Most, though, fall somewhere in between. Curious and thoughtful, they encourage careful contemplation. Not because they’ll “change your life,” but because it’s a pleasurable experience. The cool blue, the gentle breezes, the crackling of fish skin on the barbecue. Let’s leave it there, shall we? Hope your Summer is going well. If you’re chilling on the water somewhere fabulous or absurd, feel free to tell us about it in the comment section below.

To purchase “Life in Blue” visit Photo-Eye

Full Disclosure: Books are provided by Photo-Eye in exchange for links back for purchase.

Books are found in the bookstore and submissions are not accepted.


There Are 19 Comments On This Article.

  1. After a year of these book reviews we will know Jonathan’s complete life story but at least for this one you kept the naval-gazing shorter and ran more photos. They’d be even better reviews if you wrote about the books instead of your self-indulgent self.

    • Agree 100% with Null.
      The images themselves have a (non)style shared by thousands of other image makers.

      • Hey Bob,
        It’s been, what, 6 months since you graced us with your “haterdom”? Nice to have you back. I still can’t figure out why you read my stuff, given how much you dislike it. Maybe try TIME or Newsweek or something. How about one of those magazines with photos of nature? Birds and lava and such.

        Best wishes,

      • john mcd.

        Hey , we’re not talking A.D. Coleman or Fred Ritchin here. It’s just a blog, which anyone is free to do and which the author can write in any style he chooses. Even if I agree with some of the criticism I do find the information presented about the books and photographers to be interesting and useful and even the author’s highly personal style can sometimes be amusing.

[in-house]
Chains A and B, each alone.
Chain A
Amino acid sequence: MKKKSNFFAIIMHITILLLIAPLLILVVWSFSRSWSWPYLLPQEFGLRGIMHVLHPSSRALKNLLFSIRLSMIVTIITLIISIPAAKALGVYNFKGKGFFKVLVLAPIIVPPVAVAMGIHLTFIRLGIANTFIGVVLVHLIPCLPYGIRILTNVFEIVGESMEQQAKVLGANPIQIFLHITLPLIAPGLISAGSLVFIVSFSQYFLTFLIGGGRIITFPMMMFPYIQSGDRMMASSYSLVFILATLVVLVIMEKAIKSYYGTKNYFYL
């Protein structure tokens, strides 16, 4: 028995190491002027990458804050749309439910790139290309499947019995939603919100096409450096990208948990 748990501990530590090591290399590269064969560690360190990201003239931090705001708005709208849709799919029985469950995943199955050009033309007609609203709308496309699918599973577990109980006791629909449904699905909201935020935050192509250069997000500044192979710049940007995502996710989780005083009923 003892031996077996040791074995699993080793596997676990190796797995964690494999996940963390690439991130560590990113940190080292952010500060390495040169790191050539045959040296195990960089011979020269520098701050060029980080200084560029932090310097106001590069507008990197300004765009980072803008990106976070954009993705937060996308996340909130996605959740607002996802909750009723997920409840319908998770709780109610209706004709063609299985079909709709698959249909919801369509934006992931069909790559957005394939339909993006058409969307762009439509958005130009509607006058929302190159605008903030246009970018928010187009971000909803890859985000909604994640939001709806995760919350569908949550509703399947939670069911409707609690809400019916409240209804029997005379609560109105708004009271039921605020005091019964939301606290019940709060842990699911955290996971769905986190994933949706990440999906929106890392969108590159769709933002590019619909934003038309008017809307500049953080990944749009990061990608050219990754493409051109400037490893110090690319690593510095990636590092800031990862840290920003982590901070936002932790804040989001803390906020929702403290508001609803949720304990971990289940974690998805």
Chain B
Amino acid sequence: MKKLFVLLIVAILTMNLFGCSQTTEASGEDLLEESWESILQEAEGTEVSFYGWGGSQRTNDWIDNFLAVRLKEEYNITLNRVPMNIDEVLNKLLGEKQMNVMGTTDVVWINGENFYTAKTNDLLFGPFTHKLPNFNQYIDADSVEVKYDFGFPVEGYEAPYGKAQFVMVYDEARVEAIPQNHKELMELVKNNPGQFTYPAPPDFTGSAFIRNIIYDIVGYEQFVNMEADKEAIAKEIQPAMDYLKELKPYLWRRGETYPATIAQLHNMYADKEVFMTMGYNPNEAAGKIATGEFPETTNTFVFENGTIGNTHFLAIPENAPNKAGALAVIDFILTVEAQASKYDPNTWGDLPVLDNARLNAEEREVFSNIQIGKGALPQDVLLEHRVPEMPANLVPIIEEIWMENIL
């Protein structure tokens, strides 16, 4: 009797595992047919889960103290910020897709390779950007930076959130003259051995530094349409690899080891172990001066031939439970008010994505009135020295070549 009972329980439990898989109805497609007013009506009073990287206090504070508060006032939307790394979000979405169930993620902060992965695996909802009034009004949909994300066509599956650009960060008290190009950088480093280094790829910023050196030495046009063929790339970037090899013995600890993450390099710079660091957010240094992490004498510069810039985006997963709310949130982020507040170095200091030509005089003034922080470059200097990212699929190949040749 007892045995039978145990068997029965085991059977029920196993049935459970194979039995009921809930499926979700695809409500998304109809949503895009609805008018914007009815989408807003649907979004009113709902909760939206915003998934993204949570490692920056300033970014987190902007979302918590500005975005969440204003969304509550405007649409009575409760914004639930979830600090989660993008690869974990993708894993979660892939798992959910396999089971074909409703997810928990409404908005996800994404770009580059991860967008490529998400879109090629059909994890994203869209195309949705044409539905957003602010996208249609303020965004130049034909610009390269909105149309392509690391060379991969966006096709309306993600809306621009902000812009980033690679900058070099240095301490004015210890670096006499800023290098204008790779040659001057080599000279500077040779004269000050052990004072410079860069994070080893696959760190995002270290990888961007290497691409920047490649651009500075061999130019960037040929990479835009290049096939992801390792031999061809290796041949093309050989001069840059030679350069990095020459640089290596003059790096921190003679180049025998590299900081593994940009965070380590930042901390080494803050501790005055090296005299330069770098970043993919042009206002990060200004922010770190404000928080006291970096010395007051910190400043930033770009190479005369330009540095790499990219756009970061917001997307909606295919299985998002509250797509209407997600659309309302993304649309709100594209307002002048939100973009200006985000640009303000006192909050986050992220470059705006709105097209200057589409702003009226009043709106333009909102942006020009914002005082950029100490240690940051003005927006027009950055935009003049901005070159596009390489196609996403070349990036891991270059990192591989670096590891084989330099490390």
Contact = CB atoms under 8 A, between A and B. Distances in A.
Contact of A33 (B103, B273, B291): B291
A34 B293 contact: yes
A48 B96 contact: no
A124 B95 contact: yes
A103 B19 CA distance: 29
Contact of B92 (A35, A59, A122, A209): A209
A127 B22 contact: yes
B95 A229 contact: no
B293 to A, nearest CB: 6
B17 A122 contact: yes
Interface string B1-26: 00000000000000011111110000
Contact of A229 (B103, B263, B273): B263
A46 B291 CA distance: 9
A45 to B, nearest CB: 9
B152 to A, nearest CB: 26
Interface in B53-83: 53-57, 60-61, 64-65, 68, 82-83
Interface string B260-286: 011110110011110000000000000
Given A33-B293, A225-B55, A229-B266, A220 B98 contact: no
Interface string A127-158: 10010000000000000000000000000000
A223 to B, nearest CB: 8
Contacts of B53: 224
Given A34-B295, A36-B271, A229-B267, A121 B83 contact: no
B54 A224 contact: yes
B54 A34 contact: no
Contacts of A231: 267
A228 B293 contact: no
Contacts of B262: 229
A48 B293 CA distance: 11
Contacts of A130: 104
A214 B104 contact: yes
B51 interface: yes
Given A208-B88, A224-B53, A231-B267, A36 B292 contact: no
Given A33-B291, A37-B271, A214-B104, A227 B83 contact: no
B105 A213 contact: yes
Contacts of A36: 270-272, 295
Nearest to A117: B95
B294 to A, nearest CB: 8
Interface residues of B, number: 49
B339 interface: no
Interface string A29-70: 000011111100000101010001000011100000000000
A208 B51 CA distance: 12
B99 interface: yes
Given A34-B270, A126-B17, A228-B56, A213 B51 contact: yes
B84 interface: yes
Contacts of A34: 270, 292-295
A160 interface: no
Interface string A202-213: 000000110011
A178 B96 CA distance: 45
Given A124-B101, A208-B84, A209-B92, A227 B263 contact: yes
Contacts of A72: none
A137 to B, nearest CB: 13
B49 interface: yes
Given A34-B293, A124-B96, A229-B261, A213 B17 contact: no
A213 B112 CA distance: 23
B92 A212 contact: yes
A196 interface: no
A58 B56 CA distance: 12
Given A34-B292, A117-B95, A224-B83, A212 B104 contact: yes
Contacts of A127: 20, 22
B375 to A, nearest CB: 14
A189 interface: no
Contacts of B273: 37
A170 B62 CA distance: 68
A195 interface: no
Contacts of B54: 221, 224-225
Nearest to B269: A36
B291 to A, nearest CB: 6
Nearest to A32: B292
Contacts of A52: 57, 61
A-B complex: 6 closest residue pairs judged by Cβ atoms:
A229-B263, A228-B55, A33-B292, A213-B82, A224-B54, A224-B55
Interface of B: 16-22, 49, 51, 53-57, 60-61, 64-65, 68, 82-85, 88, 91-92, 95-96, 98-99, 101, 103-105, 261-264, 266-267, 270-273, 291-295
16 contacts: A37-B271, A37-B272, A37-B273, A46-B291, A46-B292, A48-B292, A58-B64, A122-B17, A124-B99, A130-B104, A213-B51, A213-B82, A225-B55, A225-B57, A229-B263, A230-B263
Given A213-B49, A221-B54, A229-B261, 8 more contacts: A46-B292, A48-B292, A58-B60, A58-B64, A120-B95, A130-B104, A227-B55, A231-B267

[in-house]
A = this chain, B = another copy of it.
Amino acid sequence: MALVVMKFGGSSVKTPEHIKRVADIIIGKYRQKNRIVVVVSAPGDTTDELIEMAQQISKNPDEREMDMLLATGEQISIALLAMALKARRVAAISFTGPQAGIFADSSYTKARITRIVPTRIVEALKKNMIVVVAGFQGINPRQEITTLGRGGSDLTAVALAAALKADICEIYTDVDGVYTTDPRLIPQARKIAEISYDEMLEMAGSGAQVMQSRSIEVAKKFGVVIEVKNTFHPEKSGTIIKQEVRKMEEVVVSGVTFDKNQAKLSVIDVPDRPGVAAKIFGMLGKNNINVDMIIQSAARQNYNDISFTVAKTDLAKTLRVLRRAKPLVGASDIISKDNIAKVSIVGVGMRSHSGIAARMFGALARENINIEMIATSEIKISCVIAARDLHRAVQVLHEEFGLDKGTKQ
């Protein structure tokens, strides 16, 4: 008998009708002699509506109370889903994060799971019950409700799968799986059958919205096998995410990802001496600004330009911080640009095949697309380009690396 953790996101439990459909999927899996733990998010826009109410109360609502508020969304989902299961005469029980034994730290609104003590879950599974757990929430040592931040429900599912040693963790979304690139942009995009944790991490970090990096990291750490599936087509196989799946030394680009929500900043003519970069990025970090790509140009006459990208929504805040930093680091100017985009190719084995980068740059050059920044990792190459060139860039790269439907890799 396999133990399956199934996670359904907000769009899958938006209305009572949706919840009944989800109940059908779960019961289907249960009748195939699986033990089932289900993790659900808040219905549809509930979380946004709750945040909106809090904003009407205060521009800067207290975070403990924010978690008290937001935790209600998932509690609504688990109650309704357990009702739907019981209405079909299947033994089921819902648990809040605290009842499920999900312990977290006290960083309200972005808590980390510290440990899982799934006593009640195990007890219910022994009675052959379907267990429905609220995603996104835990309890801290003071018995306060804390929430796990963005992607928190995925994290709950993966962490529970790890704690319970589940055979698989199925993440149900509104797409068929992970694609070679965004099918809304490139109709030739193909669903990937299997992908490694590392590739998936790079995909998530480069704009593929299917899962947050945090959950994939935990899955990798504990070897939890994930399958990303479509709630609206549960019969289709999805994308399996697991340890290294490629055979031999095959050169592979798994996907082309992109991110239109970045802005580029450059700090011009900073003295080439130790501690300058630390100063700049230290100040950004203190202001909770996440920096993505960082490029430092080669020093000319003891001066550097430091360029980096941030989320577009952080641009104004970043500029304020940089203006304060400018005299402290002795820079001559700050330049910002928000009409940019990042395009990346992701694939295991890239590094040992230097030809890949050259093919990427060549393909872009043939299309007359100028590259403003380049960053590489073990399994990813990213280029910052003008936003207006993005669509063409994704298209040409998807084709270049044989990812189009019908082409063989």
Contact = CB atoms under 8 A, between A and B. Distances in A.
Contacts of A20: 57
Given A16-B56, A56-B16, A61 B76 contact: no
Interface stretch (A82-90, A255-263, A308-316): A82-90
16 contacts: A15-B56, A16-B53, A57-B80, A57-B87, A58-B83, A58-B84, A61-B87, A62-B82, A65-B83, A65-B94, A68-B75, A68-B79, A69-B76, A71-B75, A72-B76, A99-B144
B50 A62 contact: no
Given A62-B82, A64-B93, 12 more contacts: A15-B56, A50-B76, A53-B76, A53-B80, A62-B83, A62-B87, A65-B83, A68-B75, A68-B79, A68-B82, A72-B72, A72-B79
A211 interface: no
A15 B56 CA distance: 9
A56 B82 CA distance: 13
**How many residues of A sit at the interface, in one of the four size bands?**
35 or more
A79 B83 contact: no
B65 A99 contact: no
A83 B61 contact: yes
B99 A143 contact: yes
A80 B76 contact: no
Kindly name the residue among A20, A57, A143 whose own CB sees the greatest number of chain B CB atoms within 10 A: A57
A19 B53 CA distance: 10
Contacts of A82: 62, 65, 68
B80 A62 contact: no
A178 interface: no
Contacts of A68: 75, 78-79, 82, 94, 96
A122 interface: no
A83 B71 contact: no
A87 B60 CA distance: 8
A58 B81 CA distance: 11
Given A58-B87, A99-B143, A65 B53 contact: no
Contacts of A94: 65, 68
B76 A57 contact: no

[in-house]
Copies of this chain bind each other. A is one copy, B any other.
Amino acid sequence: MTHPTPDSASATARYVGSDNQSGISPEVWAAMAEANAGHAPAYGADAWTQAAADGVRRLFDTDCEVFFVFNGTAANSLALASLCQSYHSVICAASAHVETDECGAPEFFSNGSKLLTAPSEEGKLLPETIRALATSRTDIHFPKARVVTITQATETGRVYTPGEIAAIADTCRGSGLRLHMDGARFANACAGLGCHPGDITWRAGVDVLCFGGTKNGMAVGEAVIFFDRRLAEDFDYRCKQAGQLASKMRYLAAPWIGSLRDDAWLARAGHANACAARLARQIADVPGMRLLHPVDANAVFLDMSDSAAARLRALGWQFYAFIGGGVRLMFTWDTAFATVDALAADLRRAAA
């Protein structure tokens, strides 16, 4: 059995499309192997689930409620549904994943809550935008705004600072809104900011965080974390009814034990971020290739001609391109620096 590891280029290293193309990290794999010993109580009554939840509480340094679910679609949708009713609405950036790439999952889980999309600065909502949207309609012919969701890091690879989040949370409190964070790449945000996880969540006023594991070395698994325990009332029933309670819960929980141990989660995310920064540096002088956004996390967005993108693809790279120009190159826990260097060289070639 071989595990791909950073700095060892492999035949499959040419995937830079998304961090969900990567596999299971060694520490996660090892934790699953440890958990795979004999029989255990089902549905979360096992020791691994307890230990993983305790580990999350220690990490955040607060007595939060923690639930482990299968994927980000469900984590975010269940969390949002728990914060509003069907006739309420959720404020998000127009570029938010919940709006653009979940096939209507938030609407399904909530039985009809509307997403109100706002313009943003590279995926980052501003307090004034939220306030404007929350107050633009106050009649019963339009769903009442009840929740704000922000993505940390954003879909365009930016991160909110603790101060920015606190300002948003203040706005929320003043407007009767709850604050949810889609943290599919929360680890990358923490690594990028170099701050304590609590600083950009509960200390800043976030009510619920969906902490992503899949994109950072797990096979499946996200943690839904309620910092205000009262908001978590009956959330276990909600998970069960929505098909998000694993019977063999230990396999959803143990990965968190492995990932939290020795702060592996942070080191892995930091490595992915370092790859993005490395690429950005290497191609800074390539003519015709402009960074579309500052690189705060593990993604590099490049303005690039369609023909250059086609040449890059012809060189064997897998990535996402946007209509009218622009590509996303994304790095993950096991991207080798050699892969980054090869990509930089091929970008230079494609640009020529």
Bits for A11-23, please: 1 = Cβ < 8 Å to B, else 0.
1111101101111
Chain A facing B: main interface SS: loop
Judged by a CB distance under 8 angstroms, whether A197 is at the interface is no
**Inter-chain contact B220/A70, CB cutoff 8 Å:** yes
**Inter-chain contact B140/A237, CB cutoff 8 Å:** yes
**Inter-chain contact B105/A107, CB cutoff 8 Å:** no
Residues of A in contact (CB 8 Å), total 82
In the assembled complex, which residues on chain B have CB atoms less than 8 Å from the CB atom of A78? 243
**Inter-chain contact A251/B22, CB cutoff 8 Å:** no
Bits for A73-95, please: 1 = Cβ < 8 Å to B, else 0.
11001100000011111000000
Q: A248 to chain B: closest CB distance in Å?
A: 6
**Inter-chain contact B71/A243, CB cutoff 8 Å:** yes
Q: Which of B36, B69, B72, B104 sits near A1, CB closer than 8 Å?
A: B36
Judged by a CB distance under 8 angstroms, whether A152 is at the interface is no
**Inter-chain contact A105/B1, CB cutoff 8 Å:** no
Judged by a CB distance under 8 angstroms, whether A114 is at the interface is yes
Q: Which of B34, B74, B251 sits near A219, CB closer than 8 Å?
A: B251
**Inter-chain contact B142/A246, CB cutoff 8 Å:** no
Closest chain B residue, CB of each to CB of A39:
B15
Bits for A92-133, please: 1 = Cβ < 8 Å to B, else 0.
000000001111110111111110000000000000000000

2. I’d be content if they just published a book reviewer who at least had a handle on the basic rules of syntax and punctuation. This very bloggy style of personal writing is difficult enough to pull off when done by good writers, particularly when an actual critique of the book doesn’t seem to be the primary consideration (although obviously it would be nice if it were). I just skip to the photos, otherwise I’m mentally uncapping a red pen every other line.

  3. Reviews of art are inherently subjective, right? To get the opportunity to see some of Jonathan’s thought process as to how he came around to what he thinks about the book is as interesting to me as the thoughts on the book itself. Maybe I’m a little more process-obsessed, but I like this approach and find it much more interesting and revealing than the typical book review.

  4. john mcd.

    Maybe Joe Klamar should have packaged his portraits as a fine art photography project and done a book…the pictures would be the same but perhaps the reaction might have been more positive, less savage.

    • I have to agree with you John. The fact that joe klamar didn´t take those photographs for an a Nike ad as he says was totally overlooked. Look at frank´s The American or William Klein´s New york. Sometimes you just need to have the right people to praise your work, everybody then jumps in and you are a hero.

  5. I found the copy to be rather entertaining and a great lead-in to the photos. The book itself looks beautiful. Thoughtfully laid-out, and a great vision. Kudos to Evzen!

  6. Seen the book and found it very much equal parts beautiful and depressing, brilliant and hokey- not unlike those optical illusions that constantly shift your vision from one form to another.